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Acts 5 (Day 5)

Our daily reflections follow the M'Cheyne Bible reading plan, designed for those who want to read the whole Bible in one year. Each reflection focuses on one of the chapters from that day's readings. Darllenwch rhain yn Gymraeg.



Lord, prepare me to receive your word. Clear my mind and warm my heart. Assure me of your loving purposes for me, and speak into my life today.


Daily reflection: Acts 5

The first part of this chapter contains one of the most troubling stories in Acts. Believers named Ananias and Sapphira are drawn to the new Church, and along with many others sell land and donate the proceeds. But they lie, saying they've given everything when they've kept some for themselves. Judgement falls on them and they die.

At one level, this story speaks of the importance of holiness in the life of the people of God. There are other stories in the Old Testament of similar things happening (Leviticus 10.1–2, 2 Samuel 6.1–8, 2 Chronicles 26.16–20). In this case, what matters is not ritual uncleanness but lies. Ananias and Sapphira were free to give as much as they wanted, but they wanted to seem as though they had given more.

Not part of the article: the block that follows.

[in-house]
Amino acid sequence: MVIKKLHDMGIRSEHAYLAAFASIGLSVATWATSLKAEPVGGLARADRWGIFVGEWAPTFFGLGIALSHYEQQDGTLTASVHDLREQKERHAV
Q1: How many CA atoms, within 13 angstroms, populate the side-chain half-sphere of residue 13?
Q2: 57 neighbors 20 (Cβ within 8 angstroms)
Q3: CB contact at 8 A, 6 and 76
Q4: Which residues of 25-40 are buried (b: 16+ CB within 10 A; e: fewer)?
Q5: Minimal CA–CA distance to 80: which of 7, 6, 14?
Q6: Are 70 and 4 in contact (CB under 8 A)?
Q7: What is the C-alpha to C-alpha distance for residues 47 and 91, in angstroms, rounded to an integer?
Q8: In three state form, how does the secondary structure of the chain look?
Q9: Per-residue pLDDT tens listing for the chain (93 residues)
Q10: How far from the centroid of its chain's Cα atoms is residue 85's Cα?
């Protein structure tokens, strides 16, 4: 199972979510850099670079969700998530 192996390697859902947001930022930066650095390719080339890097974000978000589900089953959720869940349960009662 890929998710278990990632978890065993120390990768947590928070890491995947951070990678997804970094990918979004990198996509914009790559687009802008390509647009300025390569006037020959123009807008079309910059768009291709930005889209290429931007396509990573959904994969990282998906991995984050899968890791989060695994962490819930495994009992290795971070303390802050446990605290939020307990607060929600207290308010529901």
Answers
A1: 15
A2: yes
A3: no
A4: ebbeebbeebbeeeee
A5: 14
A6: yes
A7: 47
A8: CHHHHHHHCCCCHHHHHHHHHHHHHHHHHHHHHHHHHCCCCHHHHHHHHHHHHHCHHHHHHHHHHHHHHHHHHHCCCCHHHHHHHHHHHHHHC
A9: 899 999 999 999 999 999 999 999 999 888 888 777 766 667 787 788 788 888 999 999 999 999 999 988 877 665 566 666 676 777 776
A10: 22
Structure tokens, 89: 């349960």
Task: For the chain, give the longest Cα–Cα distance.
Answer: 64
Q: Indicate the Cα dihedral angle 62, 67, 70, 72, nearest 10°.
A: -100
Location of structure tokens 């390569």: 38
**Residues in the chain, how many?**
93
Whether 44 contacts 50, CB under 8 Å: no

At another level, the story is about the importance of integrity. We may not go as far as Ananias and Sapphira, but the temptation to seem better than we are is one we all face. And perhaps it was made harder for them to be honest because – in the first excitement of the new Church, when everyone was full of enthusiasm – to be a little more cautious and reserved in their giving would have made them stand out. Perhaps people would have questioned their commitment, or even doubted whether they were real Christians.

Ananias and Sapphira did wrong and suffered for it. But perhaps in today's Church, we can help each other live better by being more accepting of each other and more honest about our own failings, so that it's easier to tell the truth.



God, help me to tell the truth about who I am to others, and help me to make it easier for others to tell the truth to me.

This reflection was written by Mark Woods, Bible Society's Editor

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